A sock puppet also does the same thing as a socbot but is not automated. Rather it is a person who takes on a fraudulent online identity pretending to be independent from the ‘puppeteer’, but to promote the puppeteer’s interests and multiply its voice or vote, that is manufacture ‘astroturf’.
In 2011 the Guardian newspaper revealed that the US military was developing sock puppets to secretly influence conversations on social media sites and “spread pro-American propaganda”. It had awarded a Californian corporate, Ntrepid, a $2.7 million contract to develop an “online persona management service” for use in the Middle East and Central Asia. One serviceperson would be able to control 10 separate identities based in various parts of the world. Each identity was to have a realistic background, history and personal profile and speak languages and appear to be based in various parts of the world. The contract also called for “traffic mixing”, that is “blending the persona controllers' internet usage with the usage of people outside” the military so as to provide "excellent cover and powerful deniability".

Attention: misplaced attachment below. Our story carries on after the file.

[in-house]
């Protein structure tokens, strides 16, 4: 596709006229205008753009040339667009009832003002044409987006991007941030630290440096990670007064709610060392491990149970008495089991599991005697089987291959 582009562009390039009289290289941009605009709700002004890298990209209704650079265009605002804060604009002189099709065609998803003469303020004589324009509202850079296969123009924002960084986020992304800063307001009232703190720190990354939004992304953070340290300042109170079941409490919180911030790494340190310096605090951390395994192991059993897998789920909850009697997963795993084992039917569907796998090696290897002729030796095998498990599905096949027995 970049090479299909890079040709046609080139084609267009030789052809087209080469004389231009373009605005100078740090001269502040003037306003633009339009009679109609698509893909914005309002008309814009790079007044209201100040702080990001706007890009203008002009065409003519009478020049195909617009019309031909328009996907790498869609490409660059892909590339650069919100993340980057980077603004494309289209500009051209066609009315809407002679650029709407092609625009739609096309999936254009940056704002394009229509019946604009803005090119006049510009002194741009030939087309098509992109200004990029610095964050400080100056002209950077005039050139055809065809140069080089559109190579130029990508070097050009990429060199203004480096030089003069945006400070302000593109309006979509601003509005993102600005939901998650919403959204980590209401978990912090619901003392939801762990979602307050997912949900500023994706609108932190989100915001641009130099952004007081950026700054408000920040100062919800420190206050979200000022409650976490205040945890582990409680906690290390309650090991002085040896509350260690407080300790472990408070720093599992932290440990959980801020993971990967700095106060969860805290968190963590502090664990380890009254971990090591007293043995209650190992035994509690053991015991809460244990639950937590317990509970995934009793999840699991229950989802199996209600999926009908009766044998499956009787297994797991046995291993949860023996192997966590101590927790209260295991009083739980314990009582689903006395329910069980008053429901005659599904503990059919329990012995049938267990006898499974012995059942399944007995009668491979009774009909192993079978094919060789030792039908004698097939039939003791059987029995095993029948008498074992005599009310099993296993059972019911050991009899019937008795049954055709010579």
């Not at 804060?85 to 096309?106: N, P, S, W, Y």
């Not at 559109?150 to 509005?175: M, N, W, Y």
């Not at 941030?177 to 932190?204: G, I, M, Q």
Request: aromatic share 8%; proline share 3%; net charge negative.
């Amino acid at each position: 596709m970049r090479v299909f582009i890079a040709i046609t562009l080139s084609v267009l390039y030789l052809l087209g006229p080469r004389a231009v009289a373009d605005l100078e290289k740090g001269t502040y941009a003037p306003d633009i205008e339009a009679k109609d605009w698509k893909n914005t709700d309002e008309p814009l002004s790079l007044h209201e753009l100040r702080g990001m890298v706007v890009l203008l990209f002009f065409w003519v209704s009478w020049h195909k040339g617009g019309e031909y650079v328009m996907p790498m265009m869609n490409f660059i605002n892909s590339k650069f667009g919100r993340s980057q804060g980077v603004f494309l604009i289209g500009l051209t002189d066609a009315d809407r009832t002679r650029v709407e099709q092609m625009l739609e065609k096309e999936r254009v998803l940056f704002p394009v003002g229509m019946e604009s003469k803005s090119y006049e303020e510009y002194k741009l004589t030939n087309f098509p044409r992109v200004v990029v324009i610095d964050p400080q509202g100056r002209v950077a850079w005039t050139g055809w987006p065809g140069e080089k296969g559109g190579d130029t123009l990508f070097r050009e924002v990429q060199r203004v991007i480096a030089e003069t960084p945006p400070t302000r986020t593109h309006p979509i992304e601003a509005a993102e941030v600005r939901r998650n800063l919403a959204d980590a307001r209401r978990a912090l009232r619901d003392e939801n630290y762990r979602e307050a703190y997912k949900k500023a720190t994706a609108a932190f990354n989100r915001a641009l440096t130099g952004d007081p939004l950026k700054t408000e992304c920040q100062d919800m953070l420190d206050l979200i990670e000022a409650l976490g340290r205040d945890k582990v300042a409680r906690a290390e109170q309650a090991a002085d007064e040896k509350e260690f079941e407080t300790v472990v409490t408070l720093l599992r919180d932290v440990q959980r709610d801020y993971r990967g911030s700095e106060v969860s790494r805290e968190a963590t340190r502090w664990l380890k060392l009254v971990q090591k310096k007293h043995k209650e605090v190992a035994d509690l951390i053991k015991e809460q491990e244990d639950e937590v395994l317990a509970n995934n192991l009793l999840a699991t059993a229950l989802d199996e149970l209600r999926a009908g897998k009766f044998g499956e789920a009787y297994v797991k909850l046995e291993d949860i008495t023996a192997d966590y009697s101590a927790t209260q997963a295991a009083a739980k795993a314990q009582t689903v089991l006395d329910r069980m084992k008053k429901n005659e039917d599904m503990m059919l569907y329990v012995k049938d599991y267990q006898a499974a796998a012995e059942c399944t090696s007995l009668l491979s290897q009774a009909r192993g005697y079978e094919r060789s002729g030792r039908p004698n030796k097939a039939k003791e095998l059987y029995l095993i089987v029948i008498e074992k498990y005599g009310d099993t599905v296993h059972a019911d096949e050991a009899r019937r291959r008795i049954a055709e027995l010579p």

These fake identities would enable their controllers to send coordinated messages, blog posts, chatroom posts and responses to emerging online conversations. Critics suggested that these sock puppets would enable the US military to “create a false consensus in online conversations, crowd out unwelcome opinions and smother commentaries or reports that do not correspond with its own objectives.”
Reference: Lutz Finger. ‘Do Evil - the Business of Social Media Bots.' Forbes Magazine, 17 February 2015.
During the Arab Spring movement, we measured how the government was disrupting protesters’ activities with continuous tweets. By spamming the “stream” with tweets, important messages sent by activists were pushed lower on the page and out of sight by an automated system.
© 2017 Sharon Beder